Argonne National Laboratory Center for Nanoscale Materials U.S. Department of Energy

"Picasso CSI"

Pablo Picasso, Red Armchair

Picasso used Ripolin commercial house paint in this work, The Red Armchair (1931).

A collaboration between the Art Institute of Chicago and Argonne National Laboratory, nicknamed "Picasso CSI," has produced an answer to a heated topic that has vexed the art world for decades: Pablo Picasso was the first artist to use common house paint in his work and spread that practice widely. It also has drawn the two distant worlds of cultural heritage experts and scientists together with the potential to rewrite art history.

Starting in the summer of 2010 and continuing through the summer of 2011, Volker Rose (of Argonne's Advanced Photon Source and the Center for Nanoscale Materials' X-Ray Microscopy Group) and Art Institute conservation scientist Francesca Casadio used the CNM/APS Hard X-Ray Nanoprobe beamline to analyze several Picasso paint samples and several others made by an obscure French paint company, all about as small as a grain of salt. Their analysis of the samples, removed from Picasso's pieces by using micro-manipulating tools on errant drips, was critical in finding that, indeed, Picasso used the first commercial house paint made by the Ripolin company, as early as 1912.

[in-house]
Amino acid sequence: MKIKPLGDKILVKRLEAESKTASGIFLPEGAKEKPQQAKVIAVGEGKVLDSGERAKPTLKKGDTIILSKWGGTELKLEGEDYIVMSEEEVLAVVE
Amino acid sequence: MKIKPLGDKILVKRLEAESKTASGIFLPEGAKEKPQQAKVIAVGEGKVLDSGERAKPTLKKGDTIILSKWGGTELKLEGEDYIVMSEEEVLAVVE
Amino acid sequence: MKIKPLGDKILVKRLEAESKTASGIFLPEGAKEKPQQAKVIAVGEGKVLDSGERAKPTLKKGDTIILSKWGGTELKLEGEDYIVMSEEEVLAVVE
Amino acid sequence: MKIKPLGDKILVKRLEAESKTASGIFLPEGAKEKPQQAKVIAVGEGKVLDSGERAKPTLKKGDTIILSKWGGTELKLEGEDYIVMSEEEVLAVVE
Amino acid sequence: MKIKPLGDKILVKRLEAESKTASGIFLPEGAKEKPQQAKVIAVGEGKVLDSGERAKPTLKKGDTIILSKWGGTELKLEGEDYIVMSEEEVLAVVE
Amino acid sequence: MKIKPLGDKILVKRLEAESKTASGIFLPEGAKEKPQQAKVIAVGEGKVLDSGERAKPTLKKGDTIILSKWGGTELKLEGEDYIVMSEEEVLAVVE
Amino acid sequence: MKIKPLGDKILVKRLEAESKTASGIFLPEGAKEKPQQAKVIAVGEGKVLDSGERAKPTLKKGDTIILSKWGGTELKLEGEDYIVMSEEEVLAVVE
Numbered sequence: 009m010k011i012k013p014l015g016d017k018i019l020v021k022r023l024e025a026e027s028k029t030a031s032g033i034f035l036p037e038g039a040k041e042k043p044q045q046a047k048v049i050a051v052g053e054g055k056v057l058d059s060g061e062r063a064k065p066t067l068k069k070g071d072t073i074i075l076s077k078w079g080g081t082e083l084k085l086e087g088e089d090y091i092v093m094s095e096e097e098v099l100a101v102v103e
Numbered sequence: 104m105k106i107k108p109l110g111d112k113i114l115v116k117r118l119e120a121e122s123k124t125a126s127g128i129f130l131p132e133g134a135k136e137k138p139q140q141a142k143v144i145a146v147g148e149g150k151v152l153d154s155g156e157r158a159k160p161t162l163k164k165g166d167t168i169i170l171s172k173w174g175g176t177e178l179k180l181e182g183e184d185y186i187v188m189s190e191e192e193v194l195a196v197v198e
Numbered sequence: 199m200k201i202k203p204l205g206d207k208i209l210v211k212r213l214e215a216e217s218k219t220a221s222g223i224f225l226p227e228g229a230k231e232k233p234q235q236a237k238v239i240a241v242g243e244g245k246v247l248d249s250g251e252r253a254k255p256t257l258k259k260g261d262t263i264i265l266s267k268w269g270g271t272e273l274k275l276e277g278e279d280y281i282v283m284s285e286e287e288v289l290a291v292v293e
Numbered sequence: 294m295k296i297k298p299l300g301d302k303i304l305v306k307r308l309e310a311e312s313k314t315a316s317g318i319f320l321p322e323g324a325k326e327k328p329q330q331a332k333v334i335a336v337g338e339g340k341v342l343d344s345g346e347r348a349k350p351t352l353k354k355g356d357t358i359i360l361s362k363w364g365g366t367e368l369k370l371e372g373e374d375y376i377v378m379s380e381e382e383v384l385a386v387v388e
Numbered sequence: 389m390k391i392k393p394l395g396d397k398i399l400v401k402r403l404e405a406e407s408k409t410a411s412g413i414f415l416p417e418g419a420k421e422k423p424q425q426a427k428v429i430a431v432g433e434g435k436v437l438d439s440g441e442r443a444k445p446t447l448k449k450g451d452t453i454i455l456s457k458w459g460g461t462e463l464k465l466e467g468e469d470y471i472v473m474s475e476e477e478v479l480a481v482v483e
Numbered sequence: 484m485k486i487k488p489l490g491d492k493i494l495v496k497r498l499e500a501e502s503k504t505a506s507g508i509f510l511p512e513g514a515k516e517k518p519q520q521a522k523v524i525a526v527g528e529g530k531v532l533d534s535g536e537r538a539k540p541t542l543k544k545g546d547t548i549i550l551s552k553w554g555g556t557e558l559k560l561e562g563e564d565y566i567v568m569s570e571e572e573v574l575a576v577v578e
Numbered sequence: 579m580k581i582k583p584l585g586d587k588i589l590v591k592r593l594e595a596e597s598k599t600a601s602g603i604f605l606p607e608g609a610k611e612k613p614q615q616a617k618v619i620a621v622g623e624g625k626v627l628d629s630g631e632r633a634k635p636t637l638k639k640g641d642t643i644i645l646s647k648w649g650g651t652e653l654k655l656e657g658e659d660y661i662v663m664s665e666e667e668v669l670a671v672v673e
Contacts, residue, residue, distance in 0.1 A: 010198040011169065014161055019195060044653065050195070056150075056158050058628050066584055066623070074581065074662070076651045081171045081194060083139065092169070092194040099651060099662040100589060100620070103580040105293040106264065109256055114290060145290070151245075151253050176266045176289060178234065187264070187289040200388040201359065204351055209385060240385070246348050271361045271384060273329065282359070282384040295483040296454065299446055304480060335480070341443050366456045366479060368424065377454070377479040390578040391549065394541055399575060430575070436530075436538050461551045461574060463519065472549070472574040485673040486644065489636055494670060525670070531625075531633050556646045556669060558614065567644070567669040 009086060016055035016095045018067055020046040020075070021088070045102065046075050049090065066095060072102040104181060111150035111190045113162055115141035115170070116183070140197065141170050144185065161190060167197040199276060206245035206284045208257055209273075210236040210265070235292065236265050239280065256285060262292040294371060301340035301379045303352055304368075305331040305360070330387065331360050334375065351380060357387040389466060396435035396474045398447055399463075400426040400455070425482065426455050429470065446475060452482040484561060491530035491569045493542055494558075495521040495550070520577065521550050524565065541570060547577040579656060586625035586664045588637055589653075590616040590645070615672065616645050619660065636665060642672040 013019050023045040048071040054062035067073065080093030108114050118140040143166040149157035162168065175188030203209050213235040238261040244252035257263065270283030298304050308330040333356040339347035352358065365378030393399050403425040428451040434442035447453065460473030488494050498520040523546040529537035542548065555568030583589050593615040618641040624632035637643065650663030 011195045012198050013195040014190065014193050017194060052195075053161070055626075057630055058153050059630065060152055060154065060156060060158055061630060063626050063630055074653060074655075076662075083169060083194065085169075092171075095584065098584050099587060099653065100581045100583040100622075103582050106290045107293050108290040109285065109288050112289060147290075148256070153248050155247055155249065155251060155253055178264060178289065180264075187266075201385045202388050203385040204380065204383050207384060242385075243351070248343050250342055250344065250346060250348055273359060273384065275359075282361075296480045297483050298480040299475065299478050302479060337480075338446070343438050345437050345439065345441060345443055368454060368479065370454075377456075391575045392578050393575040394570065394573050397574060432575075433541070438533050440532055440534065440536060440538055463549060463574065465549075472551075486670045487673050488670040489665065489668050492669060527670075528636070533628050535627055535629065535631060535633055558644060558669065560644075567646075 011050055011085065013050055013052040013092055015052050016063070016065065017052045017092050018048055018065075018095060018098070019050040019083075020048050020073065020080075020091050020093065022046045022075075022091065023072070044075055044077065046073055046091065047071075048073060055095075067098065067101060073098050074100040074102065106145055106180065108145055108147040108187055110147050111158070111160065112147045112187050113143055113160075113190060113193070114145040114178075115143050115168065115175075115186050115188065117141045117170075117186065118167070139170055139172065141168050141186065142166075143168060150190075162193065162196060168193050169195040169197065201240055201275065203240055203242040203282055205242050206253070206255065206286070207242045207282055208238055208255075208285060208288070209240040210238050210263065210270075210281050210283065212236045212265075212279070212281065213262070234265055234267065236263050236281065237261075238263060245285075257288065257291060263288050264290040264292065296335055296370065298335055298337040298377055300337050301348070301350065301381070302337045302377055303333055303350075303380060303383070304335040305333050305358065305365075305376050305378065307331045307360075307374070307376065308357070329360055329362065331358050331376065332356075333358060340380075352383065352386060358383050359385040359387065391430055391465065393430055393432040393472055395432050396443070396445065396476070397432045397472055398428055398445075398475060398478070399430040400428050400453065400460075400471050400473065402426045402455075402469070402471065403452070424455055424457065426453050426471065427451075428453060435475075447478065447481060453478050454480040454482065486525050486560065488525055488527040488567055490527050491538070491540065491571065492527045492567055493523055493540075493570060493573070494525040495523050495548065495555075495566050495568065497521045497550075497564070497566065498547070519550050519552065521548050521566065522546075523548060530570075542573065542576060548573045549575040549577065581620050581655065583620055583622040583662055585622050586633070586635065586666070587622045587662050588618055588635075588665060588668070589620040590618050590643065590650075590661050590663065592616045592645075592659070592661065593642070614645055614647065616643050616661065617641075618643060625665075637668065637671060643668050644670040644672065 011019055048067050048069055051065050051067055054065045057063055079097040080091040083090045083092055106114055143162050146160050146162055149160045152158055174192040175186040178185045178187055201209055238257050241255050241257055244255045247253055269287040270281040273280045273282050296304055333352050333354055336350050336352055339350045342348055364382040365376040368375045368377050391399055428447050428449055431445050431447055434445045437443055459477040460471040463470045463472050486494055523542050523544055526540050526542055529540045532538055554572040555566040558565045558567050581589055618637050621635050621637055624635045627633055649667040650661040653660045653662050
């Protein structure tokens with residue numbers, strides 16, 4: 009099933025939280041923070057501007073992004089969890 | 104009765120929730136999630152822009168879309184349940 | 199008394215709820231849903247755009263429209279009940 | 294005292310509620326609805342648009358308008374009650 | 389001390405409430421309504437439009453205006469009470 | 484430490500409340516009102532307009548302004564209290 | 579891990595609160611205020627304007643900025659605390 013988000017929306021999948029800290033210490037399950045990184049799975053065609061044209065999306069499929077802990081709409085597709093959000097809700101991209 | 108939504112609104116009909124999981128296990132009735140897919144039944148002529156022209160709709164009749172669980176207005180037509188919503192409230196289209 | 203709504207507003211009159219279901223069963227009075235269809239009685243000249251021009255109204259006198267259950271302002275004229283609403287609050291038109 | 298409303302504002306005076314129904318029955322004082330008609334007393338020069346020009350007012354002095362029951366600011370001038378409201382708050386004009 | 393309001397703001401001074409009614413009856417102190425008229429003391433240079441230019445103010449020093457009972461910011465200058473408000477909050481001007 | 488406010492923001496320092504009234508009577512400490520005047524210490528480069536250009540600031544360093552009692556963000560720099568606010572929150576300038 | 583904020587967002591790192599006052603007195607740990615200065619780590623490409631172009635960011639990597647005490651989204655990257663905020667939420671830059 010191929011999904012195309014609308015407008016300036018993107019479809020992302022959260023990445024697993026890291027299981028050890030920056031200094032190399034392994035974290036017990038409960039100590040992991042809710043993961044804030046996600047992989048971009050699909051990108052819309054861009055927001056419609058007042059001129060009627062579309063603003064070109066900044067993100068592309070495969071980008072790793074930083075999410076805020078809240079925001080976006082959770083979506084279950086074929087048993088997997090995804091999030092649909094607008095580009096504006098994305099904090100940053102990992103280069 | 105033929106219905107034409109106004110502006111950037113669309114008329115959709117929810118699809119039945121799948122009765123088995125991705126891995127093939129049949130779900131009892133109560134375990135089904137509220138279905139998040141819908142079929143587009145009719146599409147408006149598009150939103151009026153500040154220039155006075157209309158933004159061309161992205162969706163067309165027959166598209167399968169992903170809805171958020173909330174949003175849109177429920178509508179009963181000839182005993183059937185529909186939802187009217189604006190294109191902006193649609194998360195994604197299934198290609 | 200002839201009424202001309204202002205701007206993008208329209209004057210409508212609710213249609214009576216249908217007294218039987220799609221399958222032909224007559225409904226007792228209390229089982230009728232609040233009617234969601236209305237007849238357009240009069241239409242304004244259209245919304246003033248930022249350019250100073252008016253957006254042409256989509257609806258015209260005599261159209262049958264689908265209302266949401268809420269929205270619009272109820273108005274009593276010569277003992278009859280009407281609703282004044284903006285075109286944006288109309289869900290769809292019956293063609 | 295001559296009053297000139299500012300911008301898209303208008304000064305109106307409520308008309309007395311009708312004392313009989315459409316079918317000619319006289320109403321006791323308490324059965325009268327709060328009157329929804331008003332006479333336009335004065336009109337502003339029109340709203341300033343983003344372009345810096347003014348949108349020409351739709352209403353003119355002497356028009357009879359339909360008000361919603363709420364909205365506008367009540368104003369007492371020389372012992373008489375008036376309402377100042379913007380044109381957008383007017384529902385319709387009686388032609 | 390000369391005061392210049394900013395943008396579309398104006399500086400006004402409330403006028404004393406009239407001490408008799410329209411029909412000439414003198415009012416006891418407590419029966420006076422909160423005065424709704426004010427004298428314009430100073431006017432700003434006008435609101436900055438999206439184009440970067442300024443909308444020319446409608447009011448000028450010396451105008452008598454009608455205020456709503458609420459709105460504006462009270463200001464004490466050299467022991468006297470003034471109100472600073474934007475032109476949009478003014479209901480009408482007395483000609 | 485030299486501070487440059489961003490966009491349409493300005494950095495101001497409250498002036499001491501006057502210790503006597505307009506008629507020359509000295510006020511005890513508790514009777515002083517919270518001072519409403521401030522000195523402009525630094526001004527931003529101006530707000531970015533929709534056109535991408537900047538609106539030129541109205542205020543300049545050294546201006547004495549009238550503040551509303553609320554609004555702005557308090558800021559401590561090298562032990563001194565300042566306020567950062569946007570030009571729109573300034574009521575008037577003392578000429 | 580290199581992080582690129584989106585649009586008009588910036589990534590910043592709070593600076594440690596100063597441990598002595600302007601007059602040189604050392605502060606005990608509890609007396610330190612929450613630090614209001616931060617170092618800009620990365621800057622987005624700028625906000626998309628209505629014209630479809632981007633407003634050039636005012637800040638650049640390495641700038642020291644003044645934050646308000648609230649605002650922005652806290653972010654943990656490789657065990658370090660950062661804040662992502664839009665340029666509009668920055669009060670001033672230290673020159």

Picasso's affinity for house paint is said to have sparked an upheaval in the use of traditional art materials. The theory is that Picasso used the enamels because he could produce paintings faster than by using conventional tube paint. The scanning probe X-ray fluorescence capability of the Hard X-Ray Nanoprobe was used to uncover this finding.

On the arts' side, the use of extremely intense X-rays is revolutionizing the work of cultural historians, according to Casadio, who adds that more certain and specific knowledge of an artwork's makeup gleaned from the Nanoprobe can improve greatly its treatment, preservation and restoration.

(excerpted from the Chicago Tribune, Wednesday, October 20, 2012)

F. Casadio and V. Rose, "High-resolution fluorescence mapping of impurities in historical zinc oxide pigments: hard X-ray nanoprobe applications to the paints of Pablo Picasso," Appl. Phys. A, 111, 1-8 (2013) (online)

In the News

October 2012

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